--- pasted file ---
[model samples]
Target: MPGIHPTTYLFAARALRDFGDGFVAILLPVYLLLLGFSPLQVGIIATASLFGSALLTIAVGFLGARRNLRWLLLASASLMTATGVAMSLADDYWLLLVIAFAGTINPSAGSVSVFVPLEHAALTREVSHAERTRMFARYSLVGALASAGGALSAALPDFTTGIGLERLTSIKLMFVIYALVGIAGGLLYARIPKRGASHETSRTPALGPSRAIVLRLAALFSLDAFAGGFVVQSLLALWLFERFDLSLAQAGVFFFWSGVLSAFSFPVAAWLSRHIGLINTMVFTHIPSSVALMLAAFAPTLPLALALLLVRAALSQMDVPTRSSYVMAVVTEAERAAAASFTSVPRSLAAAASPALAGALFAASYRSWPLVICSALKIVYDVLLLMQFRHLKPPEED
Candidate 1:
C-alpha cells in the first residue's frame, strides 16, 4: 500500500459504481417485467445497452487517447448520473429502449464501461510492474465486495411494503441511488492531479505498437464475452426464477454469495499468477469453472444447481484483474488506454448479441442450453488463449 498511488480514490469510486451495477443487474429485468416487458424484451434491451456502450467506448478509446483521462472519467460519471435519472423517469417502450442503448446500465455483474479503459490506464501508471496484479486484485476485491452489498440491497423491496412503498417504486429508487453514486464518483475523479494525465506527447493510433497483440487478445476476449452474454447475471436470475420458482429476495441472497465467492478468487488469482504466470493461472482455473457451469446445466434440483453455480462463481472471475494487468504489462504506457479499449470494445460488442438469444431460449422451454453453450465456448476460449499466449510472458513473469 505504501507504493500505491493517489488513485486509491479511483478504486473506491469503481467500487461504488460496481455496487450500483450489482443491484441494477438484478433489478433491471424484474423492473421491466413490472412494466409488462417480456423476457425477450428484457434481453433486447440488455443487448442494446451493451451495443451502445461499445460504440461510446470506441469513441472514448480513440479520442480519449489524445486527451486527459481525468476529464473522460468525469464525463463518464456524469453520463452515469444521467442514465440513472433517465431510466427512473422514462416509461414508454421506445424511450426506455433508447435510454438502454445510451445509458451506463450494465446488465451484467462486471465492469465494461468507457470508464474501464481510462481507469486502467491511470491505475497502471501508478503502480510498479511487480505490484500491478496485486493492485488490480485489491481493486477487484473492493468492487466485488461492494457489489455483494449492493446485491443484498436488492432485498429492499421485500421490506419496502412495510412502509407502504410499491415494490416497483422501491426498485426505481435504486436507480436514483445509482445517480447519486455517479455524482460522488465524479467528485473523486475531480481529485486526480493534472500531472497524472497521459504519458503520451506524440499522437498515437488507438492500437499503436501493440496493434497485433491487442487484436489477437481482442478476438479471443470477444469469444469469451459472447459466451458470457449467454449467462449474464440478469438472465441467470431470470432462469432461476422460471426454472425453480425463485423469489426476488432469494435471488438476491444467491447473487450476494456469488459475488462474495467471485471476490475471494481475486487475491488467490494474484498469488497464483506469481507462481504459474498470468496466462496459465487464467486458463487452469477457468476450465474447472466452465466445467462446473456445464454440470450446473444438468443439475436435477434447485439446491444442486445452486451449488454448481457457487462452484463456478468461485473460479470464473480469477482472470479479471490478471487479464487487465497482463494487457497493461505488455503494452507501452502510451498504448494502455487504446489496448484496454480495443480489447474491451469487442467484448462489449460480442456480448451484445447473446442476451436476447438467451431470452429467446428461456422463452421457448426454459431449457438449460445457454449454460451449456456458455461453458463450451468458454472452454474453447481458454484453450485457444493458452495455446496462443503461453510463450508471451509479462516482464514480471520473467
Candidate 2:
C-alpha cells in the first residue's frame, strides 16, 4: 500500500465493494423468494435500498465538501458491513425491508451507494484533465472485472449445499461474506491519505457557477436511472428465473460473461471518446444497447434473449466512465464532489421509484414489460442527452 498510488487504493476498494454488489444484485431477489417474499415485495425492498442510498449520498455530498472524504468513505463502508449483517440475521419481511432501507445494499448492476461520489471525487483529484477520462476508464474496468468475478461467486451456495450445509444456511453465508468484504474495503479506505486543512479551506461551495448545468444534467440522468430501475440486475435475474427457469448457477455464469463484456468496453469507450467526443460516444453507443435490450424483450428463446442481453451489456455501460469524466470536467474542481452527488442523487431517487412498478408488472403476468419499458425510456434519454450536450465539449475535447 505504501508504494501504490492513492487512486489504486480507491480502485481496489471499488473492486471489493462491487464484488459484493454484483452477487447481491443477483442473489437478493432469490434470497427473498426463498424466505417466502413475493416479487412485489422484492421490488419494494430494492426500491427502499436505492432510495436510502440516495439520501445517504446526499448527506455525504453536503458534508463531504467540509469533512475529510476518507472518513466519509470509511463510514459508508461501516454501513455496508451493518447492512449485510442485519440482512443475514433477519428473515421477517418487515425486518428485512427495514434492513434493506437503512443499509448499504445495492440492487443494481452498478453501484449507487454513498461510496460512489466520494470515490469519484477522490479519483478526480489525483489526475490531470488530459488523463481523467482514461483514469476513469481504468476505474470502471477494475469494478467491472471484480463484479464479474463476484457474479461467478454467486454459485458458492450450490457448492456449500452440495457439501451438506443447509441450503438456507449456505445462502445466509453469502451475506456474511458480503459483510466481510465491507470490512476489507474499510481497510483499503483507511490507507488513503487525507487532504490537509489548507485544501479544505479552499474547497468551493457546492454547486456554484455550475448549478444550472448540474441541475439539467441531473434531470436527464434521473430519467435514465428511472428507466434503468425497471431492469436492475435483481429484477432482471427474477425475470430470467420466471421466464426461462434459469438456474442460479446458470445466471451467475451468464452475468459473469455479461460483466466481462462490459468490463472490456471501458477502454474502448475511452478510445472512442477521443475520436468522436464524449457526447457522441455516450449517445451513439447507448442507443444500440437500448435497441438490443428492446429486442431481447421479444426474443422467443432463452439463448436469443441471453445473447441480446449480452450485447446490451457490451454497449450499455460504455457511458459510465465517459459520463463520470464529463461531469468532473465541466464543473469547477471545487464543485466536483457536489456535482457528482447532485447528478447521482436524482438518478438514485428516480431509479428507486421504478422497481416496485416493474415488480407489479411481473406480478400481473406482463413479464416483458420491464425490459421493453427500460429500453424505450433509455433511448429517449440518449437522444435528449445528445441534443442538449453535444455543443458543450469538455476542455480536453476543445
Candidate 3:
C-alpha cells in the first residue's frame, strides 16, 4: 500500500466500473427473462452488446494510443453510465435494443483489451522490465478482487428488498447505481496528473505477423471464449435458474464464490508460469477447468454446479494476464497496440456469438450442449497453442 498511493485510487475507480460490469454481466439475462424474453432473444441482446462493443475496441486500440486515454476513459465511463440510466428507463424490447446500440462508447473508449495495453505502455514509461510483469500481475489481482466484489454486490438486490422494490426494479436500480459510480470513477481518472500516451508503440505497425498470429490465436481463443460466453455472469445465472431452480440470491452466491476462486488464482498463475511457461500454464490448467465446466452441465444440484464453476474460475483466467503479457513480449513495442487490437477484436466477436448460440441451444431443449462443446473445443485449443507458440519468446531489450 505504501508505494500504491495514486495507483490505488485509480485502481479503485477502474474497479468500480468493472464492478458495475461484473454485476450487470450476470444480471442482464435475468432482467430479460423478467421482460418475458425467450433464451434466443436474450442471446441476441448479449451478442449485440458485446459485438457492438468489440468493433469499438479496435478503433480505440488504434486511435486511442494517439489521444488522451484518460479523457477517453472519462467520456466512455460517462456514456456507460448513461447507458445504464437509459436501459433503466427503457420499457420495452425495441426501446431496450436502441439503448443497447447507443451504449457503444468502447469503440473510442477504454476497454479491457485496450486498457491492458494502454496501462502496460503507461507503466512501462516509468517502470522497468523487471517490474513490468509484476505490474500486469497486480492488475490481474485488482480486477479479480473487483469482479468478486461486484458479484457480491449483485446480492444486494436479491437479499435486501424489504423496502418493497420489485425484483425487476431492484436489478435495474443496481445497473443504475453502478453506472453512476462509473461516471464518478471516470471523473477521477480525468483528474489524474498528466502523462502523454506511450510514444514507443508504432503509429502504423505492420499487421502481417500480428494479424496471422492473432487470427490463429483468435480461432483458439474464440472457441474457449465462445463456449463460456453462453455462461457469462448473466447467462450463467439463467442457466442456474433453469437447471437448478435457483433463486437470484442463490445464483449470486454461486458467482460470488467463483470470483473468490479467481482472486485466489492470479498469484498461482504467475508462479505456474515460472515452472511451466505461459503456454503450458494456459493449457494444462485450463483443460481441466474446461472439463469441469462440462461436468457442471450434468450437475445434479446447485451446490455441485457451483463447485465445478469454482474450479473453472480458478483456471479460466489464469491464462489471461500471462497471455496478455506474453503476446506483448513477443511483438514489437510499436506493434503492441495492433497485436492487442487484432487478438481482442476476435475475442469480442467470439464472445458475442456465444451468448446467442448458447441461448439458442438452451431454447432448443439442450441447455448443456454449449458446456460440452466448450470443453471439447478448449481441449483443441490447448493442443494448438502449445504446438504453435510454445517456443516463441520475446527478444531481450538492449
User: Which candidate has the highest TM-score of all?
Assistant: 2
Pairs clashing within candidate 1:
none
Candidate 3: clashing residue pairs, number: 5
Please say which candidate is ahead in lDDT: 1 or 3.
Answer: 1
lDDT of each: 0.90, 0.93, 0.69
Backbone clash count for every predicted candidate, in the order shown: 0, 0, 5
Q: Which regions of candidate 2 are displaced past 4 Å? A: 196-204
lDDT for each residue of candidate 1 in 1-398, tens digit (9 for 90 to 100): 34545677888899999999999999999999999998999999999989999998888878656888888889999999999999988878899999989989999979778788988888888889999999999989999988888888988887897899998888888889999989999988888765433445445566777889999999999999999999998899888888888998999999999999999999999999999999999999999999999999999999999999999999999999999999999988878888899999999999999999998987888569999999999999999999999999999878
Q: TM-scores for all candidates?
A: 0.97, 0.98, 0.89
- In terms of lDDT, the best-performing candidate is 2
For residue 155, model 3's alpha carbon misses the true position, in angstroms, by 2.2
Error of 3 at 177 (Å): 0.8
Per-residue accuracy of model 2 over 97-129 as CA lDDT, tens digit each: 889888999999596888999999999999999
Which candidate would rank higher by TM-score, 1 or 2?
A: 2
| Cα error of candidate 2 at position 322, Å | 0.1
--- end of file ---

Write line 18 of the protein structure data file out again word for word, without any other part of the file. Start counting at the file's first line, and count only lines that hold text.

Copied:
Q: Which regions of candidate 2 are displaced past 4 Å? A: 196-204